Stella Rimington was head of MI5, and this novel has an authenticity about it. Having said that, the life of a counter-espionage agent must be very boring with its interminable meetings. Liz Carlyle is an attractive heroine. Rimington's prose is clean and clear, but it lacks the nuances and tensions which make Gerald Seymour and John Le Carre so gripping. Having said that, one cannot fault the finale at Gleneagles as the Middle East Conference gets underway.
Started December 9th, 2013.
Not in the mood for the other book Closed Hearts I just started.
And finished. Better than her last one, no slow middle part.
Complex and given the political situation with Israel and Syria, as real as when it was written (aka nothing much has changed).
Hilary Lang Greenebaum
This was my first in the series and I enjoyed it, overall a bit complicated to keep track of who wore the white/balck hat but wasnt bored. Last week end there was an author profile in our newspaper so that made it all make sense! Stella Rimington was head of MI5 and really was a spy in real life. The book rings true in many small details as well as larger plots and intrigues. Well it feels authentic but I wouldn't really know!
I really like this series and Liz Carlyle as a character. Here Scotland's hosting a Middle Eastern peace conference, and MI5 has received warning that someone will try to disrupt it. Liz tries to figure who and how.

Not as much fun to read, since The Bad Guy is revealed to us pretty early on, but I still enjoy watching her work. I also like that she's honorable -- she's in love with her boss, but he's married, so she is silent.
Marian Kendricks
I've enjoyed the Liz Carlyle series, but this one seemed lifeless. I was interested, I felt the tension in places but I felt as if I was reading a summary report that included Liz Carlyle's romance woes.

I will probably start another one to see if "Dead Line" was an anomaly .
Colin Galbraith
Scrapped at 51%. SO boring and with technical errors in the writing, I just can't find the will to continue. There is no compelling reason to believe these characters are 3D and the plot trudges along mercilessly. I was looking forward to finding a new author with a series I could get into - not so. Sorry Dame Stella.
Contemporary spy mystery. MI5's Liz Carlyle plays a pivotal role in security service efforts to foil a threat to a Middle East peace conference. Complicated plotline with lots of characters (possibly too many) and a slight air of implausibility around the conference incident. A satisfying read, nevertheless.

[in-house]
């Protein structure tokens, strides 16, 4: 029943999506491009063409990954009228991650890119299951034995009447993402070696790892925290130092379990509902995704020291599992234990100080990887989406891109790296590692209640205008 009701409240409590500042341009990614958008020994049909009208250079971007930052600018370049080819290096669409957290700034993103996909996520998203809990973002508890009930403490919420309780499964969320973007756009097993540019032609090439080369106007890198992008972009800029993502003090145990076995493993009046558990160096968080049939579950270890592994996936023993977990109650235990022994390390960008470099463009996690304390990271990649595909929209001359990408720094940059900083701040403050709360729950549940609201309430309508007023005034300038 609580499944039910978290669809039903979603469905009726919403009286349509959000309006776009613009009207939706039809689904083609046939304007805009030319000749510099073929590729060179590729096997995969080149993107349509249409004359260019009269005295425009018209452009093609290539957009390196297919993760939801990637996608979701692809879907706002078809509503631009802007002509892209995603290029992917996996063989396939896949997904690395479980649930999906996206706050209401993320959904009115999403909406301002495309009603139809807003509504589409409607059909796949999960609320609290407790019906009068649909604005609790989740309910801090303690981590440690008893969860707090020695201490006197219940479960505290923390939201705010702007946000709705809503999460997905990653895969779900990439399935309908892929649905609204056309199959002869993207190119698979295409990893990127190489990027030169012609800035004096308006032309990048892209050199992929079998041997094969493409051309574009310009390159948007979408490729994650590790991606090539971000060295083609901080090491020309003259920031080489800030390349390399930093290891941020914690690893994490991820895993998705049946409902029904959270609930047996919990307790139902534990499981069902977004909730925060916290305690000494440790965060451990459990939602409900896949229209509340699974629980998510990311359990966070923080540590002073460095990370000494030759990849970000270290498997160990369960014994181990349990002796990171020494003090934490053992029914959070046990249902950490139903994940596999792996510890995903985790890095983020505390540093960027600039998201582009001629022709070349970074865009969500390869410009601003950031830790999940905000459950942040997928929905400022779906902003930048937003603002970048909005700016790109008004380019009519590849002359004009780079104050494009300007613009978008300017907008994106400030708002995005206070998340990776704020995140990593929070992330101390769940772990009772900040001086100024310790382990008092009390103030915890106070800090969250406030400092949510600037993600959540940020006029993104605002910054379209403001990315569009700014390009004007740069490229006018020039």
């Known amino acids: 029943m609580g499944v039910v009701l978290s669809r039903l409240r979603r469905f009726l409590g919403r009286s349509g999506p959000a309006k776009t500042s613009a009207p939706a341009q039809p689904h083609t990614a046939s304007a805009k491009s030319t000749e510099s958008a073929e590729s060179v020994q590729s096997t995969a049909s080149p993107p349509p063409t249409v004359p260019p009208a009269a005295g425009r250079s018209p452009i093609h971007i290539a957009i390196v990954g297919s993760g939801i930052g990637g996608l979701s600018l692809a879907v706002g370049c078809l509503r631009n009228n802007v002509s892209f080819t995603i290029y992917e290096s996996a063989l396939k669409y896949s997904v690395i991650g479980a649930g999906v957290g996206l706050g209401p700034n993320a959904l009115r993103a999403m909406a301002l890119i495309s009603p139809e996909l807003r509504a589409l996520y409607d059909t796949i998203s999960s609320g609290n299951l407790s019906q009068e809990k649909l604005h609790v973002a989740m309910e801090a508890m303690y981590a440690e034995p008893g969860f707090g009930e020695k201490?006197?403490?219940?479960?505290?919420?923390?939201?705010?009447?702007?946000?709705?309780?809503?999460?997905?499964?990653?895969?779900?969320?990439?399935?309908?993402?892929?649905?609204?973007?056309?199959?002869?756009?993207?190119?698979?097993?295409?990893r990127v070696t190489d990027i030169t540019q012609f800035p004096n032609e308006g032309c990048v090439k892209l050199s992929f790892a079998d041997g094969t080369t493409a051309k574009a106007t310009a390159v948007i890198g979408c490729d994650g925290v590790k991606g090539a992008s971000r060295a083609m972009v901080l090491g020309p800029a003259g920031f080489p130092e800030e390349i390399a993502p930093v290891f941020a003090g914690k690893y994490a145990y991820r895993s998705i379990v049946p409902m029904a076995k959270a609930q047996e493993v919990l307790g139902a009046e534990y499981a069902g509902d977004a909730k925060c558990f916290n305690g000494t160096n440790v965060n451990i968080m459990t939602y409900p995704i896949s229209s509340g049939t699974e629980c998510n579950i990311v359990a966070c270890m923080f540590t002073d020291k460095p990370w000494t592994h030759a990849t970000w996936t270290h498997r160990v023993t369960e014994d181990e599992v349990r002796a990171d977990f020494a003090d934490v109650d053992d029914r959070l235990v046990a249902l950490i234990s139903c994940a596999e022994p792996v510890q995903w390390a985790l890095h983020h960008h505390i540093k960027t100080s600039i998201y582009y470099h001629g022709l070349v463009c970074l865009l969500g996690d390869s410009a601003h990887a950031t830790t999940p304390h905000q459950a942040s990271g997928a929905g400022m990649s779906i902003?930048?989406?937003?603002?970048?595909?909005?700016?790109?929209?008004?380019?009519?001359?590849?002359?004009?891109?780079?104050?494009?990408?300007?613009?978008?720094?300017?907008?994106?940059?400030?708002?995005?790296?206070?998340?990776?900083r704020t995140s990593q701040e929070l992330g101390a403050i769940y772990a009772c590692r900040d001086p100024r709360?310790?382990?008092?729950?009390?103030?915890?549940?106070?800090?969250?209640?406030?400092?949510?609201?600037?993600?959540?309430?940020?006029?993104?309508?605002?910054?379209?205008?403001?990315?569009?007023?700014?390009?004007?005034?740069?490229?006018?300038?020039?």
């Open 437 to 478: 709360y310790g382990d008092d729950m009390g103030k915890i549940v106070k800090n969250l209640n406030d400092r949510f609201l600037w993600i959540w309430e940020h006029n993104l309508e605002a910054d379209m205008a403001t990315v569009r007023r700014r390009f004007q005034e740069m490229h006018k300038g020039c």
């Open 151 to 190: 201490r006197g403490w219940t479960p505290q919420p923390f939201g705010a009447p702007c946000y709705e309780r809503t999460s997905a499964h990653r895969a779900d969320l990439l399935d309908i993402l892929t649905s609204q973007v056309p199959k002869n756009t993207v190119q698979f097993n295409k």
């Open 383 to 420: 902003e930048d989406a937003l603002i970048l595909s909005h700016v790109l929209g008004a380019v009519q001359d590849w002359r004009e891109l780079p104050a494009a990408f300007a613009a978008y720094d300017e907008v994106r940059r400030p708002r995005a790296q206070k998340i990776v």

I like the Liz Carlyle books and this had all the makings of a good story, but it just seemed like it had been rushed. There're some critical parts in the story and it just seems to scoot past them. Missed a trick with this one, in my opinion.
I thought there was something perhaps a bit naive about this book, compared to most spy novels, and certainly it is not as gritty at the UK tv show "MI5", but it has a good plot and the author builds suspense well.
An engaging holiday read, but too many characters. At times every chapter introduced new characters many of whom were extraneous to the story and where only there to provide a smokescreen.
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Dame Stella Whitehouse Rimington joined the Security Service (MI5) in 1968. During her career she worked in all the main fields of the Service: counter-subversion, counter-espionage and counter-terrorism. She was appointed Director General in 1992, the first woman to hold the post. She has written her autobiography and five Liz Carlyle novels. She lives in London and Norfolk.

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More about Stella Rimington...

Other Books in the Series

Liz Carlyle (8 books)
  • At Risk (Liz Carlyle, #1)
  • Secret Asset (Liz Carlyle, #2)
  • Illegal Action (Liz Carlyle, #3)
  • Present Danger (Liz Carlyle, #5)
  • Rip Tide (Liz Carlyle, #6)
  • The Geneva Trap (Liz Carlyle, #7)
  • Close Call (Liz Carlyle, #8)
At Risk (Liz Carlyle, #1) Secret Asset (Liz Carlyle, #2) The Geneva Trap (Liz Carlyle, #7) Illegal Action (Liz Carlyle, #3) Rip Tide (Liz Carlyle, #6)